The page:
It is a tale of two cases of accusation- a tale of two ‘witchcrafts’ involving two women in two countries. It is a tale of how gendered witchcraft phenomenon is particularly where the means for redress is inaccessible or nonexistent.
It is a story of how accusation is a sexist device, a weapon of power, a mechanism for the oppression of females who are in weak socio cultural positions.
It is a case of witchcraft accusation in Zimbabwe. Zimbabwean politics has been under stress and strain. Max Marwick strain gauge-witchcraft accusation- is manifesting vigorously amidst political manoeuvring in ZANU-PF. Peter Geschiere has noted the pervasiveness of witchcraft insinuations in state politics in Cameroun.
He maintains that people in Cameroun react to the risks and dangers associated with modern political engagement using the idiom of witchcraft. These reactions hamper the project of nation building and development.
Adam Ashforth highlights how witchcraft accusations poses a serious challenge to the realization of human rights and democracy in South Africa. This challenge applies to Zimbabwe too.
Politicians in the country have clearly demonstrated the concerns and dilemmas prophesied by Ashforth. They repealed a colonial law that made it a crime to accuse somebody of witchcraft and introduced a legislation that recognized supernatural powers but required evidence or proof from anybody who claimed to have been harmed through supernatural means.
Politicians in Zimbabwe repealed Witchcraft Suppression Act mainly free personal reasons. They needed a legitimate climate to make accusations. Otherwise how does one explain a recent case where President Mugabe sacked his deputy, Mujuru, accusing her of being a witch and wanting to assassinate him. How did Mugabe know that Mujuru was a witch? Why was the accusation necessary in the first place? What political capital did Mugabe want to achieve by branding Mujuru a witch? Why didn’t Mugabe just dismiss her without invoking the idiom of witchcraft? Why didn’t he accuse her of wanting to assassinate him without linking it to sorcery and magic?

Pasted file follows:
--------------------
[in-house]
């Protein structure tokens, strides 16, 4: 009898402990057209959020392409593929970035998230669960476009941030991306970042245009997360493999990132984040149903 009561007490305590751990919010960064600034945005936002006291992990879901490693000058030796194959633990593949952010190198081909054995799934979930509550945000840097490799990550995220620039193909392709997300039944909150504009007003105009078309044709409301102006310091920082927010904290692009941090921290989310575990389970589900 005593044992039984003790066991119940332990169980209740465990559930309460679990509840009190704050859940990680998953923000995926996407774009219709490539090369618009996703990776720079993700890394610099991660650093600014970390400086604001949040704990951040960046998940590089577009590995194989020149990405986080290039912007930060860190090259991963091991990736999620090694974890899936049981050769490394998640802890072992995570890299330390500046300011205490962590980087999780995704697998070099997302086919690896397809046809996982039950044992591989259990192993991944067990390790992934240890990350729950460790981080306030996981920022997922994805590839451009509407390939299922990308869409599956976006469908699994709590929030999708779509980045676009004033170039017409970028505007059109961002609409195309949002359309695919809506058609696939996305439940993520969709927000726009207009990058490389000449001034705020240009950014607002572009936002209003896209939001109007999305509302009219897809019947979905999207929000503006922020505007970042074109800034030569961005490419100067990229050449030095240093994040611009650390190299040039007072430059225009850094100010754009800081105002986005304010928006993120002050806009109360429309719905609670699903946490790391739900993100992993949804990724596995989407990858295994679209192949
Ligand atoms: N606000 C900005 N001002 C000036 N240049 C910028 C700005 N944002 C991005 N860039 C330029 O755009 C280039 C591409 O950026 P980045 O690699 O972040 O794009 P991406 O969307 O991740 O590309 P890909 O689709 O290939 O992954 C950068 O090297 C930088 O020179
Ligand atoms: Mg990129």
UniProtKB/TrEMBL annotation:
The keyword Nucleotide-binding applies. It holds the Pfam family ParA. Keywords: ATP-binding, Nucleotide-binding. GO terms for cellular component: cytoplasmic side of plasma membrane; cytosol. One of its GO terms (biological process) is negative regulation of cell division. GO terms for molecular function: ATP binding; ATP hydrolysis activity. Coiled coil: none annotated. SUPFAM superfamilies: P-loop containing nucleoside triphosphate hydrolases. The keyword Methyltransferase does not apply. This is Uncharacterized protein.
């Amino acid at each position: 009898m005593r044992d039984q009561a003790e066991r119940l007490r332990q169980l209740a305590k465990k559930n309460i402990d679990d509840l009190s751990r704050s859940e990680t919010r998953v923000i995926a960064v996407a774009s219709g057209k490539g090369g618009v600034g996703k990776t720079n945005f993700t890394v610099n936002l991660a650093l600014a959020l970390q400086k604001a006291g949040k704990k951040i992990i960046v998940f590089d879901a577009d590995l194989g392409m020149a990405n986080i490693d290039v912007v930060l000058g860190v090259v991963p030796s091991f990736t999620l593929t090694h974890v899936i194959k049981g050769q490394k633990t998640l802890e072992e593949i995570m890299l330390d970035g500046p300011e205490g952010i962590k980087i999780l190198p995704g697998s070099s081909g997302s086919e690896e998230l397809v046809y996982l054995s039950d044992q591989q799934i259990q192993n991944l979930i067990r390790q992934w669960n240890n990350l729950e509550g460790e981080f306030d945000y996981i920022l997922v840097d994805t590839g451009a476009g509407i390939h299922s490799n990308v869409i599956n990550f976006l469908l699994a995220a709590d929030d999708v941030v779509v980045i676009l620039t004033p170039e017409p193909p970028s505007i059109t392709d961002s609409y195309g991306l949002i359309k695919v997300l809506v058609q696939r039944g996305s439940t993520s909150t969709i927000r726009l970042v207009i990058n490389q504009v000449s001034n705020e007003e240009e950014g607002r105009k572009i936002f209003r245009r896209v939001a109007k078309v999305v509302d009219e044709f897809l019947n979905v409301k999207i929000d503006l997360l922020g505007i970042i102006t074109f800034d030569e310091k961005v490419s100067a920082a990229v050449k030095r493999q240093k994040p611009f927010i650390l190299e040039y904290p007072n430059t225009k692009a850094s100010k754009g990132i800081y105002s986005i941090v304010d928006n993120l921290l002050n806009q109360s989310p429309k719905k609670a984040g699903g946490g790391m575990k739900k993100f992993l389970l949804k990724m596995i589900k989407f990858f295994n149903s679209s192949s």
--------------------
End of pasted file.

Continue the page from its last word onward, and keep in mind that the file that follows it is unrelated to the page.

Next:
What is very interesting is the way Mujuru replied to Mugabe’s accusation. Mujuru released a public statement dismissing the accusation as ‘ridiculous’ and as part of ‘a well-orchestrated smear campaign’ whose objective was the destruction of Zanu-PF. Case closed. The ex Vice President is now going about her normal business.
Would this be the case if Mujuru was a highly politically placed official?
Now compare Mujuru’s with another case of accusation in Nigeria. A young man said he saw a rat that almost hit his leg while taking his bath. He was about to hit the rat when it turned into a ‘human being’-yes a human being- and then the ‘rat-human being’ disappeared leaving the slippers behind.
He went to town and saw some people surrounding a woman called Mama T. Some parts of the woman’s body were swollen. Mama T was wearing a slippers that looked like the one left behind by the rat that ‘turned into a human being’. Upon inquiry, the woman confessed that she had an accident the previous day and lost one of the slippers. The man rushed back home and brought what they believed was the other leg of the slippers which was the same as the one the woman was holding.
The angry mob descended on the woman and beat her to a stupor. In the course of the beating the woman reportedly confessed other forms of witchcraft she engaged in including using her urine to prepare a local delicacy called moi moi. From the report it is not clear what eventually happened to the woman- whether they beat her to death or there was an intervention from the police. Last year two elderly women who allegedly turned into birds during a witch flight were given severe beating in Lagos. One of them later died in a hospital
What is noteworthy here is that the social status of a woman matters a lot in witchcraft accusation. From the two cases in Zimbabwe and Nigeria, one can safely conclude that a woman’s social position makes a huge difference in terms of how she is treated if accused of practicing harmful magic. Women who are in strong social and economic position like the ex Vice President of Zimbabwe can easily dismiss witchcraft allegations with a wave of hand, without being physically molested or attacked. But this is not the case with poor illiterate elderly women who have nobody to defend them or who cannot defend themselves.
They are the ‘real witches’. Africans must wake up.
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